In my last blog post in this series I started to explore how culture and engagement drive business objectives. We looked at the definition of ‘culture’ and ‘engagement’, and in turn, why this makes these elements so vitally important to an organisation.

We now need to start to look more closely at the relationship between culture and engagement. In order to do so, I want to share with you a case study. This case study is based around an experience I had very early on in my career, in my first HR role.

Why culture matters

At that stage of my career I had, like many of us do, prioritised the role itself over almost anything else. I hadn’t thought about what it was that the company I was joining did. I hadn’t considered what its culture and its values were. It didn’t even occur to me to wonder how they treated their people, and what that might mean for me personally.

I was in for a rude awakening.

I found myself joining an organisation whose culture had gone horribly, terminally wrong. The business focus was solely on making profit. Now – don’t get me wrong – that’s a sensible objective for all organisations to have! – but when it comes at the cost of everything else, then there are likely to be some serious issues.

As a result, the prevailing culture was one of blame, accusations, and fear. Teams worked in silos. People spent all day with their heads down. And I – as someone who has only ever wanted to go to work and do a good job – found myself for the first (and hopefully last!) time in my career in a really rather alien position.

Driving disengagement

Does culture really impact on employee engagement? Well, here’s my experience. I found myself working within an environment where, for the first time, I became truly detached from the business. The culture was such that all I was focused on every day was getting my head down, getting through my work, not getting shouted at, and getting out of there as quickly as I feasibly could. I couldn’t have told you what the business objectives were. I didn’t care what they were. I was, effectively, solely focused on my own “survival”. And the reason for that was because the prevalent cultural behaviours were actually driving not employee engagement… but employee disengagement.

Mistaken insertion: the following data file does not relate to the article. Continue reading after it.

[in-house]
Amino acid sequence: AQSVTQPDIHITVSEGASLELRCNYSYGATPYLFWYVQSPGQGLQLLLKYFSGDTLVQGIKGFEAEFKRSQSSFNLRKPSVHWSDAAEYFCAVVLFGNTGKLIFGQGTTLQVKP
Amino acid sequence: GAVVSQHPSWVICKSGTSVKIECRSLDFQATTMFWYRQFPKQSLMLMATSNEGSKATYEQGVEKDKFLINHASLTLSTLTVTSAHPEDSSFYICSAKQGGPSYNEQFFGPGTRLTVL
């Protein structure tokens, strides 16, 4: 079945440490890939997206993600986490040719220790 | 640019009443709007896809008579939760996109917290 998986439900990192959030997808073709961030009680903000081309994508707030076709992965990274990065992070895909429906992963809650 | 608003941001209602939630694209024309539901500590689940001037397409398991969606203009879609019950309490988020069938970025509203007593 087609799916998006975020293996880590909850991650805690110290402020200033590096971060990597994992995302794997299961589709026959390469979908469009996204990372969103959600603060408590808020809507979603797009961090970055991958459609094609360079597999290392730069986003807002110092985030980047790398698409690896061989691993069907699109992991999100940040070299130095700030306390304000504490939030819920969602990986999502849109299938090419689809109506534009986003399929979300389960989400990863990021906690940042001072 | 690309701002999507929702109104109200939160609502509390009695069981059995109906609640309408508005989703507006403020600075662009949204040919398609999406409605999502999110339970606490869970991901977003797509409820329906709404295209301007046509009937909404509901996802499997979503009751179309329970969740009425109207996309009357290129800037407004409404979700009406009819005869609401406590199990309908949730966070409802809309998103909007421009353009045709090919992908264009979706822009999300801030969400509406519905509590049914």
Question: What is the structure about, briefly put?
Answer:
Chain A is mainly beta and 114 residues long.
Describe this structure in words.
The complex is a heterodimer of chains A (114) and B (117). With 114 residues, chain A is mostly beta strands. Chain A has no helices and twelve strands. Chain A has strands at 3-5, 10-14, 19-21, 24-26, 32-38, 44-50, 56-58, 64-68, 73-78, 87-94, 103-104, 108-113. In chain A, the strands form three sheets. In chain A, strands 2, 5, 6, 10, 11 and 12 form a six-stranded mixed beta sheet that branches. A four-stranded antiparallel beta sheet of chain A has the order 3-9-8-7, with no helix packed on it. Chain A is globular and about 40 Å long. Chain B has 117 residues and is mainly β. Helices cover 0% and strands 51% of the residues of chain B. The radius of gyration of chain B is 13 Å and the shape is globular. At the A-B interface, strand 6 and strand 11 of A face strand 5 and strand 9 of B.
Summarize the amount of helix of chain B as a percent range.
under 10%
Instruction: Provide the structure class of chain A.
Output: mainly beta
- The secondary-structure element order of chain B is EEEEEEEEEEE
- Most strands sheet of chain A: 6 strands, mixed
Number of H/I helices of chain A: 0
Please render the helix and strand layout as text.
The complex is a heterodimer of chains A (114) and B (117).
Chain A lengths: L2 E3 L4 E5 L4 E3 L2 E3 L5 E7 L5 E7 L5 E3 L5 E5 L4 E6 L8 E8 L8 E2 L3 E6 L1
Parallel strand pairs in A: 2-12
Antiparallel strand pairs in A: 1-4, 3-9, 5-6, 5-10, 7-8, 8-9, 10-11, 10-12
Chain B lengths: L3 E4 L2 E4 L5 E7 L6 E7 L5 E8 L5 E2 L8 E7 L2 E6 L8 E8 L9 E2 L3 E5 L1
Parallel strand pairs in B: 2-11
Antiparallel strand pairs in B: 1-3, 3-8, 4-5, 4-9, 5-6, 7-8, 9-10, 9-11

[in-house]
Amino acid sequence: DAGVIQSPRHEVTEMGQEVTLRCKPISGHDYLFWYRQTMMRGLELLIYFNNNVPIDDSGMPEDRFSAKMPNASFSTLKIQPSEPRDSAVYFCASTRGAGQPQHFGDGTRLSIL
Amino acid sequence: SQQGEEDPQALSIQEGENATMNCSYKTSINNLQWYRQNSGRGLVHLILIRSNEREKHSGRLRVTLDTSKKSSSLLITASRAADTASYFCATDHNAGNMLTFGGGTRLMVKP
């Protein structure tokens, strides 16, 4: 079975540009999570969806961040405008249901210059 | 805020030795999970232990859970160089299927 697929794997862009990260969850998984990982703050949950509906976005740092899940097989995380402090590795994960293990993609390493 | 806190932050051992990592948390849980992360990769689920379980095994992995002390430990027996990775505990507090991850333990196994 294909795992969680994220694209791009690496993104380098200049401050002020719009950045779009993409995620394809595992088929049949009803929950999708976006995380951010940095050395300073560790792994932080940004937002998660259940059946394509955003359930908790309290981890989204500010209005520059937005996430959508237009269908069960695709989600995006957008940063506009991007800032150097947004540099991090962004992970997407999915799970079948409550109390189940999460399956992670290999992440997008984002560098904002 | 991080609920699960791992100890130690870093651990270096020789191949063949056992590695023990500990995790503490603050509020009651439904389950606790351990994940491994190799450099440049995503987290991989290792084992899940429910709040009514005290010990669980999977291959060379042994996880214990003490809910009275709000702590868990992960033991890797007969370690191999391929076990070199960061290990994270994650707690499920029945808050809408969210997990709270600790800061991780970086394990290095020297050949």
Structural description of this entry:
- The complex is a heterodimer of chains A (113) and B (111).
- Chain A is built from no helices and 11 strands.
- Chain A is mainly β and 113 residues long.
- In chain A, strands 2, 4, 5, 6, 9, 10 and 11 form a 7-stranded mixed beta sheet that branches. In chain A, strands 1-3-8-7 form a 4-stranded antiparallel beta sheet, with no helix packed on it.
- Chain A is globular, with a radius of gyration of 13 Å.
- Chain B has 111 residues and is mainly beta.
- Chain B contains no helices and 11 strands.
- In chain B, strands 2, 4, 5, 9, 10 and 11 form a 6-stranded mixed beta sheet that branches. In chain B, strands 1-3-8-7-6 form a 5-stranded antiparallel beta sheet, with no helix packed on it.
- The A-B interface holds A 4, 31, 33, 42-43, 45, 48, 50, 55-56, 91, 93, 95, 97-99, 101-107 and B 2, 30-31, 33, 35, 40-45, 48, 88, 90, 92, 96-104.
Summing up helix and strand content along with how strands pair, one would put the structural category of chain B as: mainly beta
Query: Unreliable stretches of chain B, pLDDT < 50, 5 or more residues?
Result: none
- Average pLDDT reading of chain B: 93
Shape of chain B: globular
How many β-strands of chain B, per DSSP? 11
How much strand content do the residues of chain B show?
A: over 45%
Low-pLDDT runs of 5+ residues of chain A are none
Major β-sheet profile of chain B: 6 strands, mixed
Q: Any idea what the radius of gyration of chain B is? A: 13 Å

I learnt a hard lesson from my time at that particular organisation. I had learnt that not putting culture high enough up on my priority list had been a grave error. When I moved on from that role, little more than a year after I started there, and set out to search for my next position, I was placing culture at the very top of my agenda.

A key strategic driver

Fortunately for me, history has not gone on to repeat itself, and since that experience I have gone on to work for two fantastic organisations. Both have prioritised culture as a key strategic driver. Both have, as a result, maximised the engagement of their employees. Consequently, both have, within their own fields, been market leaders.

If we go back to the analogy of the rock up the hill which I referenced in my last post. For our employees to engage with our business objectives, then first and foremost they need to be clear on what these are. Secondly, though, we have to ensure a culture which encourages, facilitates, and drives engagement.

But… culture cannot be forced. We’ve acknowledged that, based on the fundamental definition of the word. Does that mean then that we are unable to influence culture? Does that mean we can never be more than reactive players in the process?

The answer is of course: absolutely not. Culture cannot be forced, but culture can be nurtured, supported and encouraged. In the next blog post in this series we will look in more detail at just how as HR practitioners we can do this, and the steps we can take to maximise that culture/engagement relationship.